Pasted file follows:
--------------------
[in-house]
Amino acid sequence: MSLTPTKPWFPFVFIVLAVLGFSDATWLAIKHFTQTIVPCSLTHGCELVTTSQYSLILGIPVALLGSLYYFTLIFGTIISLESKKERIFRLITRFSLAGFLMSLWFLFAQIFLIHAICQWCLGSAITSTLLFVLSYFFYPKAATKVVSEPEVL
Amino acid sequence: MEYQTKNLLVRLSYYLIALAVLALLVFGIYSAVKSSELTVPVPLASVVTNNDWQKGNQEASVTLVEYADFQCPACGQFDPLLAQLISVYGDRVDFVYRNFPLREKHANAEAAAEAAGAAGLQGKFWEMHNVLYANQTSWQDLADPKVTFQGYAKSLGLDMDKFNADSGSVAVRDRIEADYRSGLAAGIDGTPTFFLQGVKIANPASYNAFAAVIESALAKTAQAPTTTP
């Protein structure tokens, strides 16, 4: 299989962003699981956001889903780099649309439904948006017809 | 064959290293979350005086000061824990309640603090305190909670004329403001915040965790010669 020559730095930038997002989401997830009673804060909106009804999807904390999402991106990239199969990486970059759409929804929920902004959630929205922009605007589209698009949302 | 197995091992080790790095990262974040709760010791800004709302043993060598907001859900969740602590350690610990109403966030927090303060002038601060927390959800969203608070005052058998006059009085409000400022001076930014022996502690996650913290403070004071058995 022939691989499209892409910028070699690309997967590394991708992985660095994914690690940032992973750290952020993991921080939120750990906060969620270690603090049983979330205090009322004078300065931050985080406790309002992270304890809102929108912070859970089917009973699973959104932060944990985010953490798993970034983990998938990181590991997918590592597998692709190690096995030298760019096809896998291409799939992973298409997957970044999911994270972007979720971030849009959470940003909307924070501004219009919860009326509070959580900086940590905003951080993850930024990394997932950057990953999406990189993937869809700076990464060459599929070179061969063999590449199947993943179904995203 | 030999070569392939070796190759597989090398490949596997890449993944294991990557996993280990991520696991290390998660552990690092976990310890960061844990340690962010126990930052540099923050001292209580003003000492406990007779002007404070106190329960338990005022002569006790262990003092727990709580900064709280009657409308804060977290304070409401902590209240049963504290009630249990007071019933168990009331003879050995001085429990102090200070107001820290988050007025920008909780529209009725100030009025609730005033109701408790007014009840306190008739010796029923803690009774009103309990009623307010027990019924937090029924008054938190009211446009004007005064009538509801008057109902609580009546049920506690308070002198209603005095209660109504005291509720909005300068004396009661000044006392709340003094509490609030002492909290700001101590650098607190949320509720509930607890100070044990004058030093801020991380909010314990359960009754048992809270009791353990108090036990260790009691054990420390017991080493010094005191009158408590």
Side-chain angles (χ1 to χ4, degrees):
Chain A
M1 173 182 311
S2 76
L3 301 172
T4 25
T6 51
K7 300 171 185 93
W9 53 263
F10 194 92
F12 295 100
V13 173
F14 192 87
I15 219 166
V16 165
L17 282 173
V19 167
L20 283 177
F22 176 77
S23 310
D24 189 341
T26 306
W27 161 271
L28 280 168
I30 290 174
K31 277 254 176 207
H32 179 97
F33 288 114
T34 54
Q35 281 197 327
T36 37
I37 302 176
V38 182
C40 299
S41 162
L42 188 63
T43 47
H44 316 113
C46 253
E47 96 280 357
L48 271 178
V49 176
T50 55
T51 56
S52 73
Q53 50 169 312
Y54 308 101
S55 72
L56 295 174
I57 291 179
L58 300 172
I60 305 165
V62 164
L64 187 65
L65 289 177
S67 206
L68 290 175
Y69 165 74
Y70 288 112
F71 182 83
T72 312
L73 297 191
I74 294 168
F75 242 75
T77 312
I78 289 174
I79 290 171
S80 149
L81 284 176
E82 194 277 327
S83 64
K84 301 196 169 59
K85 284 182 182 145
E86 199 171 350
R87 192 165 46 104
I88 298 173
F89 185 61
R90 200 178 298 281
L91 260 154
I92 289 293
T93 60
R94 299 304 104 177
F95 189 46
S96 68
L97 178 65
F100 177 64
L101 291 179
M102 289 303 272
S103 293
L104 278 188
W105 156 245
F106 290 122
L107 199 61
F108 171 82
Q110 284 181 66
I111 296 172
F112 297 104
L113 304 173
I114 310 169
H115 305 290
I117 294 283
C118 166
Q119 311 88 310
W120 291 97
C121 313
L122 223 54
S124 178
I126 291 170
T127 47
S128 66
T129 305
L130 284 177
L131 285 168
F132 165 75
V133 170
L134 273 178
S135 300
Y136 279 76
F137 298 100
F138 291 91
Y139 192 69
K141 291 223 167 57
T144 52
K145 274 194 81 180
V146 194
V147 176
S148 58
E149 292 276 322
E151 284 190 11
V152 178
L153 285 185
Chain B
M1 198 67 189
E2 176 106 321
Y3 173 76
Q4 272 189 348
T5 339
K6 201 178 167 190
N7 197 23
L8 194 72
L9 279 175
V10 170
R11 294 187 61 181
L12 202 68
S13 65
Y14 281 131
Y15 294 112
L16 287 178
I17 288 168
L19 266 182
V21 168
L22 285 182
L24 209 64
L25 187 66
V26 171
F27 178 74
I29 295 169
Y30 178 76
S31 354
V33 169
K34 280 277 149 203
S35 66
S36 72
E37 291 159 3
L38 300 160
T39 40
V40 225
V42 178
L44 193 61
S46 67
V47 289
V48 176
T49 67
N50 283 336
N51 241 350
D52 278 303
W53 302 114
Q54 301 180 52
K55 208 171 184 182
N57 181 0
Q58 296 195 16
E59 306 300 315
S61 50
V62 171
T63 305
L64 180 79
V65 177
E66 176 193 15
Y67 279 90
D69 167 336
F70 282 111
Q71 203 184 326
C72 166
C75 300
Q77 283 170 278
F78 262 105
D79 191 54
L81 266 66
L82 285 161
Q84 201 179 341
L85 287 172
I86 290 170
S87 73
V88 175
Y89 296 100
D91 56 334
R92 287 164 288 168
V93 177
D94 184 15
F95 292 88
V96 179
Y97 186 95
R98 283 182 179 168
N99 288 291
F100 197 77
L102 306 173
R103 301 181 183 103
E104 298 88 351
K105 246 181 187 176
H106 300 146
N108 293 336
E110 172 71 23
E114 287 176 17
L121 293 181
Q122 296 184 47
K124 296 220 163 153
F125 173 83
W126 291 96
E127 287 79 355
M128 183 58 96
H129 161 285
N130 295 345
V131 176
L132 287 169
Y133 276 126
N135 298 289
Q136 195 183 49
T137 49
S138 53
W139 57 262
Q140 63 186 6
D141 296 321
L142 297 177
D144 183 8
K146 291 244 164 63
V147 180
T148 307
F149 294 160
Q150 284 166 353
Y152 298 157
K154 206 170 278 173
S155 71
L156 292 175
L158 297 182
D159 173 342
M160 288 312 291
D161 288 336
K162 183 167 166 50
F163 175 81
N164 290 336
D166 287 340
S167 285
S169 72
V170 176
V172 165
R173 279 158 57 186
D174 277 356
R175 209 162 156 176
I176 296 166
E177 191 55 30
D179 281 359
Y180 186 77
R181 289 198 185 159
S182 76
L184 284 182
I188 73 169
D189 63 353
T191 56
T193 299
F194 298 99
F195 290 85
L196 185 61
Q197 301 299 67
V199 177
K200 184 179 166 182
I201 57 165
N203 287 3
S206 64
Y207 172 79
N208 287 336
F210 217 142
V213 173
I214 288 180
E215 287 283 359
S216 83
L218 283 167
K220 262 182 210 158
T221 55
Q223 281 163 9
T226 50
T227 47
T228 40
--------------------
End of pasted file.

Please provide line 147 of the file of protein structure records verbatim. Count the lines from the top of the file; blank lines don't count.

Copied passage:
R11 294 187 61 181